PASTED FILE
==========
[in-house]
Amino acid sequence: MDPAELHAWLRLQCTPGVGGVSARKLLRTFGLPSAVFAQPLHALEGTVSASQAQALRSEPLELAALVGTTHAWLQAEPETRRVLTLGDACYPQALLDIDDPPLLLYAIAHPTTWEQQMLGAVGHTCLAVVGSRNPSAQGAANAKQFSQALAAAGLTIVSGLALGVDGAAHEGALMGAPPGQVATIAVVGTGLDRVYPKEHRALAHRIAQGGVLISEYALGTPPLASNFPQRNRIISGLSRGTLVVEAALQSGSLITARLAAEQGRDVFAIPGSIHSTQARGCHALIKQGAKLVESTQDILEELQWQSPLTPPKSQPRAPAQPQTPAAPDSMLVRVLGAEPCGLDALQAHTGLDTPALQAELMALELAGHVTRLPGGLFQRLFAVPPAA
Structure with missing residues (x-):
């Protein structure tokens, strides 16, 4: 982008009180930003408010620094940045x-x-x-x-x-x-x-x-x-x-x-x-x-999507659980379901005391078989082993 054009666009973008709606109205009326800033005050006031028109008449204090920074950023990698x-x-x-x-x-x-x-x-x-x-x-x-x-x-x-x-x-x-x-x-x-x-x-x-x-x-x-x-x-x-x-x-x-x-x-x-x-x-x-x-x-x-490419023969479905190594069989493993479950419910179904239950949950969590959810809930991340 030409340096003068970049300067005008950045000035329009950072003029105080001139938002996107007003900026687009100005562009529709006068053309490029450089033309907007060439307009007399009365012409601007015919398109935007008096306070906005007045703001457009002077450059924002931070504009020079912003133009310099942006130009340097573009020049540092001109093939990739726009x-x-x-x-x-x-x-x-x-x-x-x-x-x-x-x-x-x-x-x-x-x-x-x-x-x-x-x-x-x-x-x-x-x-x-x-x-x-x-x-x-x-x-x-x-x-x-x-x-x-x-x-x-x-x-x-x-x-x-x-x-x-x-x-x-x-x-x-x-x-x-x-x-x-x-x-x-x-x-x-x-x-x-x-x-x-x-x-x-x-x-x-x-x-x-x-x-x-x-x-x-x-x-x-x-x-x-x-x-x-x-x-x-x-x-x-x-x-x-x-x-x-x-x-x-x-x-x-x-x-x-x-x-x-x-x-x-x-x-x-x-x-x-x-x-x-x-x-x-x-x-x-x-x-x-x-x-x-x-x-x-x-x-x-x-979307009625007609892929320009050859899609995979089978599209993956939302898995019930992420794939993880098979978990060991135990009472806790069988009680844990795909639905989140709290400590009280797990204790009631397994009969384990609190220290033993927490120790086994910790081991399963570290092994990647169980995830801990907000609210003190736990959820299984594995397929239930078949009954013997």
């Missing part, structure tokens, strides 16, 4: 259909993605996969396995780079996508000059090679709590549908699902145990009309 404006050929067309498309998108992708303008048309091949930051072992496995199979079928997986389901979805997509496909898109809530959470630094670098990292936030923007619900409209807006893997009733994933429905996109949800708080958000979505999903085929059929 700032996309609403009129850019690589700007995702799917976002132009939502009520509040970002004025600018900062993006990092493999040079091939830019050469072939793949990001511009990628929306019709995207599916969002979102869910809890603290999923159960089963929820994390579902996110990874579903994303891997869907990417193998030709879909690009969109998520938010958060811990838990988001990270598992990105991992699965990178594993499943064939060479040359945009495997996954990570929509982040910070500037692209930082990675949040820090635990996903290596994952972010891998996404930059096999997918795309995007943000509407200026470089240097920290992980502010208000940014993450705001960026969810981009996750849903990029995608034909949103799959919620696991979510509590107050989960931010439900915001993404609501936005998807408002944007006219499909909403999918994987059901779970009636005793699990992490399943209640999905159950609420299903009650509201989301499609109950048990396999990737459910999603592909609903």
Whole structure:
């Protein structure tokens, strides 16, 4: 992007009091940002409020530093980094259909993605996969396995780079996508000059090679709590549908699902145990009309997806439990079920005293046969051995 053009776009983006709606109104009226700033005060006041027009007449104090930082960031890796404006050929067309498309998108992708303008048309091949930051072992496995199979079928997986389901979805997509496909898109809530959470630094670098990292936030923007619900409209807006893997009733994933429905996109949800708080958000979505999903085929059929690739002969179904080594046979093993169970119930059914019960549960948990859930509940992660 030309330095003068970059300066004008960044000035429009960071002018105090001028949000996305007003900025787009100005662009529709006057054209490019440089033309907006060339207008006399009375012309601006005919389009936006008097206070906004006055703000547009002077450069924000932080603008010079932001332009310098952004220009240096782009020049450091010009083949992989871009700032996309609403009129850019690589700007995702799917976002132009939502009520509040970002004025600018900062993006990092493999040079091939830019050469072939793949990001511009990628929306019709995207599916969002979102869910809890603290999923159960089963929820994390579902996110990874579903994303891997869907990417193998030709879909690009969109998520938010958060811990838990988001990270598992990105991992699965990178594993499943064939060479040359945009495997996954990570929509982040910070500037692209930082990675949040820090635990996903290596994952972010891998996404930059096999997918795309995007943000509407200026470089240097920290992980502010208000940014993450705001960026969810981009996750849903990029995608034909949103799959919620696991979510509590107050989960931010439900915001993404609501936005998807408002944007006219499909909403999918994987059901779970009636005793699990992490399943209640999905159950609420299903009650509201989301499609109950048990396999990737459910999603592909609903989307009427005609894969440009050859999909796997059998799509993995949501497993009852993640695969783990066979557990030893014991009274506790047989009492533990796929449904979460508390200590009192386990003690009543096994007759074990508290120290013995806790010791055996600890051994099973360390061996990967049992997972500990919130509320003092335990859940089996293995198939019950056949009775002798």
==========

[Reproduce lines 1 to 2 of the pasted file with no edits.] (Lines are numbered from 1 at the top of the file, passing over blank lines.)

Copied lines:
[in-house]
Amino acid sequence: MDPAELHAWLRLQCTPGVGGVSARKLLRTFGLPSAVFAQPLHALEGTVSASQAQALRSEPLELAALVGTTHAWLQAEPETRRVLTLGDACYPQALLDIDDPPLLLYAIAHPTTWEQQMLGAVGHTCLAVVGSRNPSAQGAANAKQFSQALAAAGLTIVSGLALGVDGAAHEGALMGAPPGQVATIAVVGTGLDRVYPKEHRALAHRIAQGGVLISEYALGTPPLASNFPQRNRIISGLSRGTLVVEAALQSGSLITARLAAEQGRDVFAIPGSIHSTQARGCHALIKQGAKLVESTQDILEELQWQSPLTPPKSQPRAPAQPQTPAAPDSMLVRVLGAEPCGLDALQAHTGLDTPALQAELMALELAGHVTRLPGGLFQRLFAVPPAA